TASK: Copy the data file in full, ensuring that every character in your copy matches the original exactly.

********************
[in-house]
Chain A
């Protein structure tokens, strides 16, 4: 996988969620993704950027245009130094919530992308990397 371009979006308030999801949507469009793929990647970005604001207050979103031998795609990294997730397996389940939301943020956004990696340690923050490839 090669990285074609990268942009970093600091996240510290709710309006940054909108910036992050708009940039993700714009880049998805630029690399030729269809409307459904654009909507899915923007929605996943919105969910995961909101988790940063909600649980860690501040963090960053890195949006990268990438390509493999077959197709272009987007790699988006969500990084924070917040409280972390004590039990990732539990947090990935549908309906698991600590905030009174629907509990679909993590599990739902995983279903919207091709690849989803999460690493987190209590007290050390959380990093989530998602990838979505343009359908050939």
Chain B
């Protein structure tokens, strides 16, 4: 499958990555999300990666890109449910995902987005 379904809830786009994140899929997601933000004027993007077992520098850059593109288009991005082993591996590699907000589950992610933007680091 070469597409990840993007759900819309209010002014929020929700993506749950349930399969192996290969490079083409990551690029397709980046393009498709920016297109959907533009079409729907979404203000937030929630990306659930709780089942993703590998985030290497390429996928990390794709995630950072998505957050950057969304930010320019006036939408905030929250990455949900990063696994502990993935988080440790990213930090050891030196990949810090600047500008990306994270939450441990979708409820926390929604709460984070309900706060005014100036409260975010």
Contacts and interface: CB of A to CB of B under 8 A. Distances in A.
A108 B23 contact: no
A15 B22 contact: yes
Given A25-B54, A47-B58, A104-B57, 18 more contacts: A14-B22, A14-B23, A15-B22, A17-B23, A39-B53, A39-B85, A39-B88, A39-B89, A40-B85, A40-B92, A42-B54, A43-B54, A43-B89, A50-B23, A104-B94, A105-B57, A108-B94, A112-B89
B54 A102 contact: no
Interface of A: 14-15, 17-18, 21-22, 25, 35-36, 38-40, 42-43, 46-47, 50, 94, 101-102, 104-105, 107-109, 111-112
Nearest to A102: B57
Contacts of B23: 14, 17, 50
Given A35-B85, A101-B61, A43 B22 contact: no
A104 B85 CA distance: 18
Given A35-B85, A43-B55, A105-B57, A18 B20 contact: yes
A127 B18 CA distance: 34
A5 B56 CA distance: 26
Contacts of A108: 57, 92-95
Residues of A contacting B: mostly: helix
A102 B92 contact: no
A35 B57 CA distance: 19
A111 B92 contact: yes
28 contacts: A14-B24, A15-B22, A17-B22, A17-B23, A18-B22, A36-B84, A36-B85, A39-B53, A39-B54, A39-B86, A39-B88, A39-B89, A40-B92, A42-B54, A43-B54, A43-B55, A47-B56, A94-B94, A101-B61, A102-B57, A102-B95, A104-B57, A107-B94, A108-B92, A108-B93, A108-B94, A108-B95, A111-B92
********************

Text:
[in-house]
Chain A
């Protein structure tokens, strides 16, 4: 996988969620993704950027245009130094919530992308990397 371009979006308030999801949507469009793929990647970005604001207050979103031998795609990294997730397996389940939301943020956004990696340690923050490839 090669990285074609990268942009970093600091996240510290709710309006940054909108910036992050708009940039993700714009880049998805630029690399030729269809409307459904654009909507899915923007929605996943919105969910995961909101988790940063909600649980860690501040963090960053890195949006990268990438390509493999077959197709272009987007790699988006969500990084924070917040409280972390004590039990990732539990947090990935549908309906698991600590905030009174629907509990679909993590599990739902995983279903919207091709690849989803999460690493987190209590007290050390959380990093989530998602990838979505343009359908050939």
Chain B
């Protein structure tokens, strides 16, 4: 499958990555999300990666890109449910995902987005 379904809830786009994140899929997601933000004027993007077992520098850059593109288009991005082993591996590699907000589950992610933007680091 070469597409990840993007759900819309209010002014929020929700993506749950349930399969192996290969490079083409990551690029397709980046393009498709920016297109959907533009079409729907979404203000937030929630990306659930709780089942993703590998985030290497390429996928990390794709995630950072998505957050950057969304930010320019006036939408905030929250990455949900990063696994502990993935988080440790990213930090050891030196990949810090600047500008990306994270939450441990979708409820926390929604709460984070309900706060005014100036409260975010």
Contacts and interface: CB of A to CB of B under 8 A. Distances in A.
A108 B23 contact: no
A15 B22 contact: yes
Given A25-B54, A47-B58, A104-B57, 18 more contacts: A14-B22, A14-B23, A15-B22, A17-B23, A39-B53, A39-B85, A39-B88, A39-B89, A40-B85, A40-B92, A42-B54, A43-B54, A43-B89, A50-B23, A104-B94, A105-B57, A108-B94, A112-B89
B54 A102 contact: no
Interface of A: 14-15, 17-18, 21-22, 25, 35-36, 38-40, 42-43, 46-47, 50, 94, 101-102, 104-105, 107-109, 111-112
Nearest to A102: B57
Contacts of B23: 14, 17, 50
Given A35-B85, A101-B61, A43 B22 contact: no
A104 B85 CA distance: 18
Given A35-B85, A43-B55, A105-B57, A18 B20 contact: yes
A127 B18 CA distance: 34
A5 B56 CA distance: 26
Contacts of A108: 57, 92-95
Residues of A contacting B: mostly: helix
A102 B92 contact: no
A35 B57 CA distance: 19
A111 B92 contact: yes
28 contacts: A14-B24, A15-B22, A17-B22, A17-B23, A18-B22, A36-B84, A36-B85, A39-B53, A39-B54, A39-B86, A39-B88, A39-B89, A40-B92, A42-B54, A43-B54, A43-B55, A47-B56, A94-B94, A101-B61, A102-B57, A102-B95, A104-B57, A107-B94, A108-B92, A108-B93, A108-B94, A108-B95, A111-B92